Escondido, CA
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EPD – Dispatch (Day in the Life)

Escondido Police Department Public Safety Communication dispatchers on the phones during a recent shift. Photo by Michael Howard

This is part of an ongoing series chronicling “a day in the life” of people who serve our community.

These days it seems there’s an appreciation week for just about everything.

But one of the most deserving is the second week of April every year when it’s the National Public Safety Telecommunicators Week, also known as 911 Dispatcher Appreciation week. The Escondido Police Department got in on the action this year by honoring the 29 dispatchers and staff within its Public Safety Communications division.

And no one is more appreciative of the dispatchers than Jody Patt, the division’s manager.
“The best part of the job is the people,” said Patt during a recent interview with The Escondido Times-Advocate. What she likes most about her job she says is “interacting with my co-workers.”

Patt has been doing that for quite some time now. Twenty-five years to be exact. “I’ve been here since I was 18 years old,” she quipped.
But she’s not the only one with tenure in the division. “We have a lot of people who have been here 15 years plus. and then we have a smaller group of people that have been here at that ten-year mark, and then we have several dispatchers that have been here three years and less,” Patt said.
Patt says she believes the reason why people stay on so long is the environment. “It’s very much teamwork, family oriented, and we go out of our way to support our employees,” she explained.

Patt herself didn’t plan on staying long. She had her heart set on being a police officer, but you had to be 21, so she applied for a position as an Escondido Police Department dispatcher.
“It was going to be temporary, in fact I started part-time, but I went full time less than a year later because I loved the job,” Pratt admitted.
But the job isn’t necessarily easy, either. “Ultimately, people are calling us on the worst day of their lives,” she said.
Dispatchers work either 10- or 12-hour shifts. During their shift, they will answer on average just under 100 calls, whether that be calls for police, medical or fire services. The fact they take all three types of calls is unique.

The Escondido Police Department’s Public Safety Communications division celebrates 911 Dispatcher Appreciation Week. Photo courtesy of the Escondido Police Department

“If you call 911 in Escondido, you have someone on the phone who can immediately help you,” she said. As opposed to if you call other cities where it’s more likely “it goes to [the police department] first, they determine it’s a medical or fire, then they transfer you to the appropriate agency.”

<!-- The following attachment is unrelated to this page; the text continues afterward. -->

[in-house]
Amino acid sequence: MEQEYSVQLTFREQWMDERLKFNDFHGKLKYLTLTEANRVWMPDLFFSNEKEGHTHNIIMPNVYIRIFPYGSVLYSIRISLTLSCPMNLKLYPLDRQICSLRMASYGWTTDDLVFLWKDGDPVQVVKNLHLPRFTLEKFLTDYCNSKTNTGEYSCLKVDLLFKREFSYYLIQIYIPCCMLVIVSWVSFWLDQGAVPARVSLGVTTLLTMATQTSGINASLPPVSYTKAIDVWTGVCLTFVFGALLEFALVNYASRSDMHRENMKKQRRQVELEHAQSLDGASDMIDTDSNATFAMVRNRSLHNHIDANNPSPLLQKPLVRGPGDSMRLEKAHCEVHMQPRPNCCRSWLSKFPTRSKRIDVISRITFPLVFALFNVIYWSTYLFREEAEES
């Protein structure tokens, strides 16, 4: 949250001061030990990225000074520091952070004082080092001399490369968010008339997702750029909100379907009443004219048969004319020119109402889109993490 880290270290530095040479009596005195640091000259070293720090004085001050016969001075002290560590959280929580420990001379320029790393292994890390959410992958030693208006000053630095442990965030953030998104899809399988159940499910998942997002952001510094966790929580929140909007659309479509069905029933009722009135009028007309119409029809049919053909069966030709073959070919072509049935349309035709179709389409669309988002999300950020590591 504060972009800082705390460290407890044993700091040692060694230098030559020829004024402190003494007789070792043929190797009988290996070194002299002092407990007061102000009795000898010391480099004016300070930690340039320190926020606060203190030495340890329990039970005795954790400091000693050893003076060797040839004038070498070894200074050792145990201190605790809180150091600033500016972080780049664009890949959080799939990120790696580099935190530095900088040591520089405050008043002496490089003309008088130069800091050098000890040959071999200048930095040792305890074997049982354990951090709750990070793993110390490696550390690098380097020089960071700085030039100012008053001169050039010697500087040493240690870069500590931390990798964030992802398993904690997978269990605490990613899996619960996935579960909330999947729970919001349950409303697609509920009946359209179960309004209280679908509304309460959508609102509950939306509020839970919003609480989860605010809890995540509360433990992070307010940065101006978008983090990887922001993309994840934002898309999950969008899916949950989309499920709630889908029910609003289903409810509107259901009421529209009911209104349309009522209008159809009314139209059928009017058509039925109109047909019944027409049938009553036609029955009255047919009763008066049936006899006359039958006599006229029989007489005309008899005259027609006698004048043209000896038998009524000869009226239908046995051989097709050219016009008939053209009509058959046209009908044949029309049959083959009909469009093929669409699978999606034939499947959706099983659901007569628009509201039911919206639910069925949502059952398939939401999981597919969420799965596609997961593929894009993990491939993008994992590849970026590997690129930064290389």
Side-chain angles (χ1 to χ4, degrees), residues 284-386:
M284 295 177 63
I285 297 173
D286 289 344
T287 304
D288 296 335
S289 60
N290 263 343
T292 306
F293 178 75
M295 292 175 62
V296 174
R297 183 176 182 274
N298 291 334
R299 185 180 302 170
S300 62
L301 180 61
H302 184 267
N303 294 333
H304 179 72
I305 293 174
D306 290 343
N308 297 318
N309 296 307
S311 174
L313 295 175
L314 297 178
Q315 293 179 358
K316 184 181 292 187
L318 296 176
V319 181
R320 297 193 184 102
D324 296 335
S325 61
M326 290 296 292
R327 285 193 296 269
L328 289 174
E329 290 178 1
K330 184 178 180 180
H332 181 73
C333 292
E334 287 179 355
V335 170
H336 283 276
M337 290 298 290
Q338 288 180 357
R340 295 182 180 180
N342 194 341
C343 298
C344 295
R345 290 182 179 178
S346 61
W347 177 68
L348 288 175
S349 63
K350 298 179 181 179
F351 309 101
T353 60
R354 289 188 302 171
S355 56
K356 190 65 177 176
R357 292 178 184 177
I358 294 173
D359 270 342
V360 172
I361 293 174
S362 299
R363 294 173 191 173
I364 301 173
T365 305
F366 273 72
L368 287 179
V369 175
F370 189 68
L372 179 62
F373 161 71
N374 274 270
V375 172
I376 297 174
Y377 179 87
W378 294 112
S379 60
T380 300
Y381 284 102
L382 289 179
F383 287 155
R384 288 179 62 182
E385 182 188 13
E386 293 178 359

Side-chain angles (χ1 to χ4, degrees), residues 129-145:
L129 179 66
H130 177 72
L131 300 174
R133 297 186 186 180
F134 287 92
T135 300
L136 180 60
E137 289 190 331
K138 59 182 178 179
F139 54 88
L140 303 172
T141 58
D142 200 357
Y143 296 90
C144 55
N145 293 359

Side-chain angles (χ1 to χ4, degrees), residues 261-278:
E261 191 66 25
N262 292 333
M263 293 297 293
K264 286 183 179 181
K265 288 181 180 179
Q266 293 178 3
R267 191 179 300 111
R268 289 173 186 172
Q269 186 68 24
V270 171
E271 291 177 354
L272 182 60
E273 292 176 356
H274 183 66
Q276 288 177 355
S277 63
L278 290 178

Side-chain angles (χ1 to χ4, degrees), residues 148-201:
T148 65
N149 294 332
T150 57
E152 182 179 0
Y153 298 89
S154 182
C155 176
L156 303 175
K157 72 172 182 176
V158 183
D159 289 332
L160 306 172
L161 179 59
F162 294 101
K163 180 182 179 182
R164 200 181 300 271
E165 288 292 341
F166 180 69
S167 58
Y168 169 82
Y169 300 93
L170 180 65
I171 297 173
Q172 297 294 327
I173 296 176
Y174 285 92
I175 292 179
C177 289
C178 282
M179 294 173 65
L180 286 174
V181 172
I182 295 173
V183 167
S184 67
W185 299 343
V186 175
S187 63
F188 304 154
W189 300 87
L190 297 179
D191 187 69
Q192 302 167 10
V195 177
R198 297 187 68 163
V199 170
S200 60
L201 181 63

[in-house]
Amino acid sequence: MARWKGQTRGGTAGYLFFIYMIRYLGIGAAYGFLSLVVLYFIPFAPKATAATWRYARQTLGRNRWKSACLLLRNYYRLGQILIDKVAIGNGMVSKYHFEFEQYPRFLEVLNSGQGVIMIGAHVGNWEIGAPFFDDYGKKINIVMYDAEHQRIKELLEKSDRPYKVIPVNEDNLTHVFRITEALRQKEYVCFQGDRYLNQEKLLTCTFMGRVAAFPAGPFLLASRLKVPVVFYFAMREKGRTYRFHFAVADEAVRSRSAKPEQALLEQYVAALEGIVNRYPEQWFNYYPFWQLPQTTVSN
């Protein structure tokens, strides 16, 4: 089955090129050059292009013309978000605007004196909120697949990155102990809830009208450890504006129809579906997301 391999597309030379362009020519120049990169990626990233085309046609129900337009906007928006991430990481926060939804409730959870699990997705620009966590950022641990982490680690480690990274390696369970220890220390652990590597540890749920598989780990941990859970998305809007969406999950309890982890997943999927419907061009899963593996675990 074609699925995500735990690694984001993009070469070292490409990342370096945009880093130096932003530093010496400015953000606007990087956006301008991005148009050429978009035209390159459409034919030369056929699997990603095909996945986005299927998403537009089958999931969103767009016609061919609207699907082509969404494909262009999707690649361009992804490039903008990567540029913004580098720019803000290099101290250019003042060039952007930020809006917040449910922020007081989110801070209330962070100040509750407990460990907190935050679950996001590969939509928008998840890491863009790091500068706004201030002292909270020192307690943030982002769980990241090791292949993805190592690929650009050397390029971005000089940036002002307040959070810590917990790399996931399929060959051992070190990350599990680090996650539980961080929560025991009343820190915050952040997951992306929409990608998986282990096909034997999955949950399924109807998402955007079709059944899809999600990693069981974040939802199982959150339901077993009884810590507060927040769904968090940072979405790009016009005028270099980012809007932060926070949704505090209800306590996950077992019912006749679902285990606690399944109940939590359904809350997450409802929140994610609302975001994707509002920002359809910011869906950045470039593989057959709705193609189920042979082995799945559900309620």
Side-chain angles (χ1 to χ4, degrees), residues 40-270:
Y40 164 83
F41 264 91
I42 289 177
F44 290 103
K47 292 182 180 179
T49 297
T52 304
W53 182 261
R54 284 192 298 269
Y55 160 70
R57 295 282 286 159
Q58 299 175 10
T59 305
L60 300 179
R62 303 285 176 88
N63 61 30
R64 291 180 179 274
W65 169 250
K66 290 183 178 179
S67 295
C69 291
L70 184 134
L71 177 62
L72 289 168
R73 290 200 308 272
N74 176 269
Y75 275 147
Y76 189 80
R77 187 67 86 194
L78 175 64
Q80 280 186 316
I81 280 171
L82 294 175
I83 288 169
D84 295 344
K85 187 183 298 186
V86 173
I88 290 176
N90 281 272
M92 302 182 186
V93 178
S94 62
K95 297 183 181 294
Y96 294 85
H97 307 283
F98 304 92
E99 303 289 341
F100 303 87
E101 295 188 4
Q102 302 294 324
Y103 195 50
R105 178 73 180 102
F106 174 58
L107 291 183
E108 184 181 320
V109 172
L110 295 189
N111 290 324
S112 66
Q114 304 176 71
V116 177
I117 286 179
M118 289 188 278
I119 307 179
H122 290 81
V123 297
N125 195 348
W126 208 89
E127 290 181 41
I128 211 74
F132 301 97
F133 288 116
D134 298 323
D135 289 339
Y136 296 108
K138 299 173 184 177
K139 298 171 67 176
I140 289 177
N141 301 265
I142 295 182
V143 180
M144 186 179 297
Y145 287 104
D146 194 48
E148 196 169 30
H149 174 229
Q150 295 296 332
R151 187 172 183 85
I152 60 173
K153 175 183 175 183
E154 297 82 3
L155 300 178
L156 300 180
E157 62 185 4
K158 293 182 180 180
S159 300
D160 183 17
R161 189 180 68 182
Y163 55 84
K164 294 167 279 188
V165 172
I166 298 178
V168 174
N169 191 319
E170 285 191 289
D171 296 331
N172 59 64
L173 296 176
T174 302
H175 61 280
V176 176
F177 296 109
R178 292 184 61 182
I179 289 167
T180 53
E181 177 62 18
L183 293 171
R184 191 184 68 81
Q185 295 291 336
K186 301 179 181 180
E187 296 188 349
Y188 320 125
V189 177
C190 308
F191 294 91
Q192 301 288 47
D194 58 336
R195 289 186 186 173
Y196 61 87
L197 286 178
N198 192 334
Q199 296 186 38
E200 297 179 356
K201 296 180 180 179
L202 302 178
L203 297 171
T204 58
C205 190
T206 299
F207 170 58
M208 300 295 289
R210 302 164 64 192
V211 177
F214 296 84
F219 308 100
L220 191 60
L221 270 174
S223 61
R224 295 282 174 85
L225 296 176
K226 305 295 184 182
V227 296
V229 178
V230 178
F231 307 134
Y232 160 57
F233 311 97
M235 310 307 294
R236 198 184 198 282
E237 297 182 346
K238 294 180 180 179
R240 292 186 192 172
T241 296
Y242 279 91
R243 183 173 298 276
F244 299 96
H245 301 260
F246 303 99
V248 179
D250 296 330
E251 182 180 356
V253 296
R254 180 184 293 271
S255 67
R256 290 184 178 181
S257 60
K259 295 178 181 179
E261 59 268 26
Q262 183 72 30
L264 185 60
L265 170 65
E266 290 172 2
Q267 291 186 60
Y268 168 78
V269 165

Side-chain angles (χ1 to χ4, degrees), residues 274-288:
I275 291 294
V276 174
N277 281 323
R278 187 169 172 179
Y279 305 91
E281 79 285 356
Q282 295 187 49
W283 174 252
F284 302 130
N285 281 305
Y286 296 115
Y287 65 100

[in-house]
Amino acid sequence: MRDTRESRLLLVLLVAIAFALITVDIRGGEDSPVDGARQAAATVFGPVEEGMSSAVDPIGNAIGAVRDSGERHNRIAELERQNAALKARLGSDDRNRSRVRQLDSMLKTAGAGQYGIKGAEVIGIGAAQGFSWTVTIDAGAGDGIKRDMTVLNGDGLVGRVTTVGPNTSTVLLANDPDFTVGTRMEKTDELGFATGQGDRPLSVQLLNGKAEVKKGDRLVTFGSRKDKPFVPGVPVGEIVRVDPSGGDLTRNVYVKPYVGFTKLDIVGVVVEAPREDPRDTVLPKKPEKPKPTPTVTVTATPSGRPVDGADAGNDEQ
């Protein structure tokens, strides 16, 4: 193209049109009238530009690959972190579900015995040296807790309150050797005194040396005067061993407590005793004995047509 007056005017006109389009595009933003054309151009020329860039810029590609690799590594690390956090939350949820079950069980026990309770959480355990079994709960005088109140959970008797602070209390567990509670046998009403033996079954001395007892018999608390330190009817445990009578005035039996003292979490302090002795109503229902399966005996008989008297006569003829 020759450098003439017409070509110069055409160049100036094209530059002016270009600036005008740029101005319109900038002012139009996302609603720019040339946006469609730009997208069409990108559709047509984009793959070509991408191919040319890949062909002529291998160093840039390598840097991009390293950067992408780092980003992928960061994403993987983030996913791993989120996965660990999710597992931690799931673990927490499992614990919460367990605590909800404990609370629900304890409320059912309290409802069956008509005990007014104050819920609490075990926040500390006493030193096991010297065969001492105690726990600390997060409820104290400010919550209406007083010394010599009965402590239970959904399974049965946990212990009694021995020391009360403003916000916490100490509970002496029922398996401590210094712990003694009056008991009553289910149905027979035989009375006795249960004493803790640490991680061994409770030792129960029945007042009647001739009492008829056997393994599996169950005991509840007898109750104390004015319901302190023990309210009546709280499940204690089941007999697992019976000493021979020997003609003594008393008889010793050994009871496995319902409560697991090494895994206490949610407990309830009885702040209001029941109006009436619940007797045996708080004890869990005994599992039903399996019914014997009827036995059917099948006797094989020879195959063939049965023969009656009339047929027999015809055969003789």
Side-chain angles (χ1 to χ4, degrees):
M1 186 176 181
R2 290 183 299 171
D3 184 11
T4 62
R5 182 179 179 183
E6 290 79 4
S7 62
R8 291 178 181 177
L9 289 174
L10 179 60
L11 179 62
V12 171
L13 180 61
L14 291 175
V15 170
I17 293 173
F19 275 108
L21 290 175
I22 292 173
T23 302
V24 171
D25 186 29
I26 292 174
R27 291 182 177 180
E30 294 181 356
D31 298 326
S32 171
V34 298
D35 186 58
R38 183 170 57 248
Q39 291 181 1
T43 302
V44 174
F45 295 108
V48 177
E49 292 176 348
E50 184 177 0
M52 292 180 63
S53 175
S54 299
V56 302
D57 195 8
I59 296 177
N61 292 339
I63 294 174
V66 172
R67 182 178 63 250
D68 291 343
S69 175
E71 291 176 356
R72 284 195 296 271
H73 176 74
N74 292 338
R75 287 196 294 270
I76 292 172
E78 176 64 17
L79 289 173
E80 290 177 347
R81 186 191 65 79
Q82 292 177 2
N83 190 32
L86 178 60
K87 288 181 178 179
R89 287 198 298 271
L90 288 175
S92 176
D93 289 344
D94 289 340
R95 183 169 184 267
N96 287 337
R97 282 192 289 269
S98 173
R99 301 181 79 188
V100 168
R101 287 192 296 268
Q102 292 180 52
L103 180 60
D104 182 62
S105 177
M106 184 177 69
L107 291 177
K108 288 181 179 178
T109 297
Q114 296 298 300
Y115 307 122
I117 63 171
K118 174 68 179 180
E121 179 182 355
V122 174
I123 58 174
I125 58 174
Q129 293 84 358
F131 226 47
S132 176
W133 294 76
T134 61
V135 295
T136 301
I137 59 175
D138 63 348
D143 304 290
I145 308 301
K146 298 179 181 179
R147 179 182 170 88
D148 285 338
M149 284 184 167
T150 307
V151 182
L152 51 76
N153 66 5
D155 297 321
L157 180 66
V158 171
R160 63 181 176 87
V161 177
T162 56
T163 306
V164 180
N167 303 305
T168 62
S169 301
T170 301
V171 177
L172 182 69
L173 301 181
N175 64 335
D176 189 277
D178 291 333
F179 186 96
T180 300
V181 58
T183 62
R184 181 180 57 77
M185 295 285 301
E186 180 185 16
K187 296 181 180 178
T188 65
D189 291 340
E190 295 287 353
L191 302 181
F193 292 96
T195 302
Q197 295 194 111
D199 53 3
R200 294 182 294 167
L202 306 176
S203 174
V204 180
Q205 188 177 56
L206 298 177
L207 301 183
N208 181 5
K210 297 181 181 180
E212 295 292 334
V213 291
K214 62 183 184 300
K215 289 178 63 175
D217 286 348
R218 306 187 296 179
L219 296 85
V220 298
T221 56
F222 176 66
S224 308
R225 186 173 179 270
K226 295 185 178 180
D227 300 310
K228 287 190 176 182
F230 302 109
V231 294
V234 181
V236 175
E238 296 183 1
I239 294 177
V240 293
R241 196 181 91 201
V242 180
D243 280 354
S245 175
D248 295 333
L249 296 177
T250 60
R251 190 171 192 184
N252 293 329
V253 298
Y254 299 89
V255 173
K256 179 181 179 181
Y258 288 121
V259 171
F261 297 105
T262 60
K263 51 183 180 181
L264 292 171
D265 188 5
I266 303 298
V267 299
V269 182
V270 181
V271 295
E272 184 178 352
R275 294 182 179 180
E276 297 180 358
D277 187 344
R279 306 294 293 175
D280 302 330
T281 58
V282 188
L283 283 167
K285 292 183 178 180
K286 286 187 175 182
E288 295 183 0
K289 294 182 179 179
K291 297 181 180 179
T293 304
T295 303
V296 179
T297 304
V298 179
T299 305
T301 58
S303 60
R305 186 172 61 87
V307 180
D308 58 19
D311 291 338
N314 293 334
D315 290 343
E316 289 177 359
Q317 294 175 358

In 2022, the Escondido Police Department’s Public Safety Communications division took 61,000 calls. Of those, 56,000 were police service calls and 17,000 were medical or fire. There is a certain amount of overlap between the calls too, where more than one emergency service is required. Last year, that accounted for 12,000 of the calls received.

Patt says no one call is the same. “It continues to amaze me, 25-years in, the things people will call about, the circumstances,” she says, adding, “there are times even now when I’m like, huh, I don’t know the answer to your question, let me find out.”

Then there’s the hang-ups. Patt said that last year, 20% of calls received were hang ups. Dispatchers do call hang-up numbers back to establish if emergency services are needed, but out-of-service cell phones hinder that process to some degree.

“What a lot of people do is give their children their old phones and tell them: ‘Here you can play on it because it doesn’t have service.’ but what they don’t understand is, it has to be able to call 911,” she said, adding that dispatchers can’t call those numbers back, because the phone doesn’t have actual cell service.

But, whether it’s taking hang-ups, fire, medical or police service calls, Patt says being a 911 dispatcher is not a bad job at all.
“I think this is a great job,” Patt says. “I think a lot of people don’t know and understand it.” There are some definite advantages to it. “You can still help people, even if being out in public is not your thing,” she said, referring to police officers or fire personnel that interact directly with the public.
And with all the respect due to those who do, she added, “You get to help people and you’re not being shot at or spit at,” she joked.

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